What can XE improve in season two

The DirtFish writers look back at season one to determine what they want to see in 2022

Catie Munnings (GBR)/Timmy Hansen (SWE), Andretti United Extreme E

The second season of Extreme E, the electric off-road racing series which takes teams to environments across the world that have been hit by climate change and helps restore them in addition to racing on them, begins in Saudi Arabia on February 19/20.

DirtFish’s writers looked back at the inaugural season of five events, with five scheduled to take place this year, and wrote what they want to see improved and changed for 2022.

No sand surprise

What do I want from season two of XE? Not being surprised by dust in the desert would be a good place to start.

Last year’s Saudi Arabian opener was something of a shocker, when the series organizer was apparently caught off guard by a bunch of racing cars ripping through the sand and creating a cloud. That realization impacted on the racing and forced format changes which bordered on the event becoming a farce. XE’s answer to the dust question will be interesting to see this weekend.

Extreme E 2021: Desert X-Prix

It goes without saying, it would also be nice to see less technical issues. Power-steering and suspension problems apparently plagued the progress of the Odyssey through last year.

All of the above can be forgiven in a rookie season. They won’t be this time around.

Overwhelmingly though, I want to understand what XE is. I still get calls from colleagues, fans and friends asking to explain what a series so focused on highlighting climate concerns at threatened, remote environments was doing by Capo Teulada – a stone’s throw from some of Sardinia’s most popular tourist beaches. Or Bovington Camp, a jaunty half-hour down the road from Britain’s retirement capital, Bournemouth.

Yes, yes, I know about the pandemic and I know about the entirely more laudable intended calendar including Brazil and Patagonia (rather than the Mediterranean and the English Riviera) but I’d rather see events cancelled than run in such compromised fashion again.

David Evans

A stronger narrative

It’s the second album that’s the trickiest. So goes the tired old chiché, but it certainly rings true for XE.

While there was plenty to be encouraged by in season one there was equally plenty to be sceptical about – and Alejandro Agag and his organizing team won’t be afforded the same leniency now that they’ve had a year’s worth of experience to get things right.

My main gripe with XE last year was the lack of a true season narrative. Perhaps it was down to the initial fragility of the Odyssey 21 which disturbed rhythm and form, or the wider (and incredibly laudable) environmental goals the series has that it naturally wanted to push hard, but for whatever reason the actual competition almost felt like a slight afterthought last season.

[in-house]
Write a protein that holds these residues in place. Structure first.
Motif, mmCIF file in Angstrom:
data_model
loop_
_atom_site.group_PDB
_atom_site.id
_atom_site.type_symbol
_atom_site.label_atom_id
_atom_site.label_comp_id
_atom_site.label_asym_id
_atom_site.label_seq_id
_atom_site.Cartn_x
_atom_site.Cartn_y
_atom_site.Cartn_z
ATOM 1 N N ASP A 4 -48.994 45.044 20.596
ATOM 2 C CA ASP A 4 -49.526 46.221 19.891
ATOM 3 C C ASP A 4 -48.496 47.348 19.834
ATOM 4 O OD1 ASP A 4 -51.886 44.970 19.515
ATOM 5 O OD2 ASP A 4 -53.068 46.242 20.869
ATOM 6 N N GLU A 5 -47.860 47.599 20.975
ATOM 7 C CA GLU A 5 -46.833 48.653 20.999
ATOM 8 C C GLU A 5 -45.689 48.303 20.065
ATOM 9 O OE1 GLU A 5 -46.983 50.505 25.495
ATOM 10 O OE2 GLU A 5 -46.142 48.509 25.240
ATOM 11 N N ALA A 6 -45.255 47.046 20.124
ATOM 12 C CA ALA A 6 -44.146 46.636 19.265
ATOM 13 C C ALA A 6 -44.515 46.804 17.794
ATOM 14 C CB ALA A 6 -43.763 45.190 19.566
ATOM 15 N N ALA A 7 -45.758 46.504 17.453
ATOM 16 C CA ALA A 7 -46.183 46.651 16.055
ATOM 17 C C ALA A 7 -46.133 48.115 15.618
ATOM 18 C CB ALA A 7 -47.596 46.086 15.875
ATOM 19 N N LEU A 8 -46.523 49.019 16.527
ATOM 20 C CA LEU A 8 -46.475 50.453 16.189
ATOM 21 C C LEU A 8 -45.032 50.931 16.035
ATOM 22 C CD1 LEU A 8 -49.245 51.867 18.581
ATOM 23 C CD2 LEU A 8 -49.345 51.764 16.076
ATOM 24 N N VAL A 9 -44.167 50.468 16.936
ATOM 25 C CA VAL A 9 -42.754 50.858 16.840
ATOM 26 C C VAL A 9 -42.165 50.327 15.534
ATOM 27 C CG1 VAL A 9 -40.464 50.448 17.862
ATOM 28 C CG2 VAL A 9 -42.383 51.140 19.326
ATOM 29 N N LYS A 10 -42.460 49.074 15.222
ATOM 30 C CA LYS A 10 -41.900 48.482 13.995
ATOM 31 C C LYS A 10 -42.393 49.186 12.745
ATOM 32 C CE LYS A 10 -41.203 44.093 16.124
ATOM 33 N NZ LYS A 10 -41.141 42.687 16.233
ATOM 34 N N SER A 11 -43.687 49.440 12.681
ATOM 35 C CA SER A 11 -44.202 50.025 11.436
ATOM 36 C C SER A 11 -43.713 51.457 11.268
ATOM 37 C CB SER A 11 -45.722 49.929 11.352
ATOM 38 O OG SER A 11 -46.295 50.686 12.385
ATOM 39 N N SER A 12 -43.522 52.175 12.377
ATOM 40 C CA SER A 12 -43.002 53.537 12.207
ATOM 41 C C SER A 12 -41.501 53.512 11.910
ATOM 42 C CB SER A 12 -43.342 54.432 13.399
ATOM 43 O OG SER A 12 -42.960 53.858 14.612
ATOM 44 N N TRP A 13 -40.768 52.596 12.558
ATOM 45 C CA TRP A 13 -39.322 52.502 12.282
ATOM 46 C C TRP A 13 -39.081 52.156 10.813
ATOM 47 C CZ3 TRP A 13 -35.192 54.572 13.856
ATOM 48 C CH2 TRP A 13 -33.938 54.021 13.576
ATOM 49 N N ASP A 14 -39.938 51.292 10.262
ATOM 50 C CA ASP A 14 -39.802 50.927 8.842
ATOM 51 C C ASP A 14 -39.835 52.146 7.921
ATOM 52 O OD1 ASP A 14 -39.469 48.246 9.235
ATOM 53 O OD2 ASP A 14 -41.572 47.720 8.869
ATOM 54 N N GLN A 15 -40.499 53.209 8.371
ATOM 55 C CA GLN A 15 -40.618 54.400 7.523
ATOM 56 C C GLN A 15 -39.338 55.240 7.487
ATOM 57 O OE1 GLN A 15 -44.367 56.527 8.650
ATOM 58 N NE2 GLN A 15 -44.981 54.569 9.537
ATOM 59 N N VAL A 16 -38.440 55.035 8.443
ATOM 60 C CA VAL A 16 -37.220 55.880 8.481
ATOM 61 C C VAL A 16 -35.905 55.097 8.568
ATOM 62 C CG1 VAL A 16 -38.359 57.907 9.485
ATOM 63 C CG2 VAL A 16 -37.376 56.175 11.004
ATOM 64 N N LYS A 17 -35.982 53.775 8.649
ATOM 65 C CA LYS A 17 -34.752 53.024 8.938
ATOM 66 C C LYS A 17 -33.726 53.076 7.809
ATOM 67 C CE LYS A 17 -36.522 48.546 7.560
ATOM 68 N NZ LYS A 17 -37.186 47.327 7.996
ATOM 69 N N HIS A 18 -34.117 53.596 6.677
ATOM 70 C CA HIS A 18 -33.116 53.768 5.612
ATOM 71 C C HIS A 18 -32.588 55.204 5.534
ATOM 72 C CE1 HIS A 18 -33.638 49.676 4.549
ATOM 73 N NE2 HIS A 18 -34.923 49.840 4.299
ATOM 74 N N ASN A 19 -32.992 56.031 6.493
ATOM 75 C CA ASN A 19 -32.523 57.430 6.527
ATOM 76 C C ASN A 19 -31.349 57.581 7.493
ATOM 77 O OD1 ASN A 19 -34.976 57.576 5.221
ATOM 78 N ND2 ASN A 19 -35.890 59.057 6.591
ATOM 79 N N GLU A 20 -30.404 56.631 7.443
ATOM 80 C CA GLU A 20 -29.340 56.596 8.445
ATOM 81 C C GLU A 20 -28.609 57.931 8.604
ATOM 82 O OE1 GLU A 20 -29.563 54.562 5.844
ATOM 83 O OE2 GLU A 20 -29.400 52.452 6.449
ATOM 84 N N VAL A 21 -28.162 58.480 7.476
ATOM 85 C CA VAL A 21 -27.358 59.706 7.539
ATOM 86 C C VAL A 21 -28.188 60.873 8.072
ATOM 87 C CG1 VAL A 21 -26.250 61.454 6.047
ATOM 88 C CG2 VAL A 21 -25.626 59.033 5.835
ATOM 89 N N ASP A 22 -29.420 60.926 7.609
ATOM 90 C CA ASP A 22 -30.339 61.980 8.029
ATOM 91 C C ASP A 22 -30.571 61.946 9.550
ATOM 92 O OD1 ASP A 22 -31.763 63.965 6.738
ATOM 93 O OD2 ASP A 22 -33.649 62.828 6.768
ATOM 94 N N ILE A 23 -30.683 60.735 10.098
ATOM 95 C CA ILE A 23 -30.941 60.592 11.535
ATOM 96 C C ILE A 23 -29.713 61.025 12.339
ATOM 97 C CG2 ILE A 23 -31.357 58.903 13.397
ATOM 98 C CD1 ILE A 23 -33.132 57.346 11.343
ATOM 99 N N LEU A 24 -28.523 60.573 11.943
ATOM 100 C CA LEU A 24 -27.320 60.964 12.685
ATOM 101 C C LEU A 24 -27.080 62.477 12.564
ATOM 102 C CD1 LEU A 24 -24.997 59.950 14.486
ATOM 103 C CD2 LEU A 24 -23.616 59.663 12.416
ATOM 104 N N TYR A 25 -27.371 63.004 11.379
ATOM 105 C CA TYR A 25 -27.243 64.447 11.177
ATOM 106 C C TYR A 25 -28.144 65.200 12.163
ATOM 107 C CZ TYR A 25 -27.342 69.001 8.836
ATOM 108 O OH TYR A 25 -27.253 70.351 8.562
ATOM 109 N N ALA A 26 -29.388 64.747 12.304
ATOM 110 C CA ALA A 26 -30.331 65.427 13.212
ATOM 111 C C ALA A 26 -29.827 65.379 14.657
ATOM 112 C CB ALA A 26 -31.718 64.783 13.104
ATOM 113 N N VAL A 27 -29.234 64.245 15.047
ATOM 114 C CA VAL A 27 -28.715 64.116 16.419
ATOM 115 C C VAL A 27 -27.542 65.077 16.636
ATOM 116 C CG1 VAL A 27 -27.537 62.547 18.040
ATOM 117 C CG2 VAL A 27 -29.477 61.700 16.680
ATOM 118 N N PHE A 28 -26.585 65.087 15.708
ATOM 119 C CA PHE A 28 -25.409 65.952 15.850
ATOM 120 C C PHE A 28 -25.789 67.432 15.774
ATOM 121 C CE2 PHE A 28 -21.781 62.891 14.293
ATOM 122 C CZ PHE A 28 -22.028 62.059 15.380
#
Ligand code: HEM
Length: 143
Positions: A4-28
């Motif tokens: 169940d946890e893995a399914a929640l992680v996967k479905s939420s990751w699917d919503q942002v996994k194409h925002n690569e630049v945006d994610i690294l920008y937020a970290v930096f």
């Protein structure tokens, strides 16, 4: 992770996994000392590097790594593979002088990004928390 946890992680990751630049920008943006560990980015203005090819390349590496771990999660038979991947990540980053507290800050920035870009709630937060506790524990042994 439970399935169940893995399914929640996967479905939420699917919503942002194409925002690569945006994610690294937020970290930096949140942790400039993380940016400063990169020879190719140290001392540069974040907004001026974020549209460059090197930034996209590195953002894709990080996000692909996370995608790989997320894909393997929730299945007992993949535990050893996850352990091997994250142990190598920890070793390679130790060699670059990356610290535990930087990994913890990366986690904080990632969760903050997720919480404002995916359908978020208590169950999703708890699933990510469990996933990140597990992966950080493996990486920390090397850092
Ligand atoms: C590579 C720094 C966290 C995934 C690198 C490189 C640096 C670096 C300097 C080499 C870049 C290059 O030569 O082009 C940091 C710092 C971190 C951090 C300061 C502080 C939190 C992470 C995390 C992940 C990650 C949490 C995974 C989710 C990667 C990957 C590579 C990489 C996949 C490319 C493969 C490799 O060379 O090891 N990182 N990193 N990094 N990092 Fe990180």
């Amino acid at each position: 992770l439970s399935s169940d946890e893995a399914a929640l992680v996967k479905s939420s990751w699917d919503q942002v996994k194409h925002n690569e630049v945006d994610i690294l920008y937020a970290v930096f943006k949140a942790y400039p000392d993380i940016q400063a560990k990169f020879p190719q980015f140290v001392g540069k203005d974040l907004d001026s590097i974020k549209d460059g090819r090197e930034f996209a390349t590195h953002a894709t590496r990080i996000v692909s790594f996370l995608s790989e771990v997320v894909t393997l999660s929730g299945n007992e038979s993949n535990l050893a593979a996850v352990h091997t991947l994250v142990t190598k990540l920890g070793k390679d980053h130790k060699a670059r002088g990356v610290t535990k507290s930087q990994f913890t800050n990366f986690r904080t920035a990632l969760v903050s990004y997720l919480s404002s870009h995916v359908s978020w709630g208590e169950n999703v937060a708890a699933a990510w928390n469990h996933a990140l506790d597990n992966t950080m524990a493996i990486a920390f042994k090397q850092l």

The final round in Dorset – by far the most competitive weekend to-date where the championship was also on the line – quashed some of those concerns, but XE could do with the racing action to hog the limelight and some real rivalries and storylines to form to keep it worth watching in my opinion.


And it would also be nice for a firmer rule regarding driver running order to be introduced. Grid Play currently exists, so why not use that to determine which driver from each time lines up first and second for the upcoming heat?

That way we should lose the scenario where it’s all the males against each other and all the females against each other – teams often prefered to put their male drivers out first – but seldom any mixing. In a championship that has (rightfully) pushed gender equality, let’s see that being fully embraced.

Luke Barry


Brand variation and reliability

Now let me start off by saying there’s nothing wrong with single-make racing, but a bit of visual variety never hurt anyone, right?

That said, XE involves multiple manufacturers already, and in a world obsessed with SUVs and crossovers, and an automotive industry pivoting to electric vehicles, it’s the perfect championship to attract more still.

The Andretti United Extreme E Odyssey 21 in the pits

The series will keep the technical underpinnings of the Odyssey 21 for the foreseeable future, which is necessary for cost containment (and also aids the field’s broad level of competition), but it would be good to see more visible variation between cars.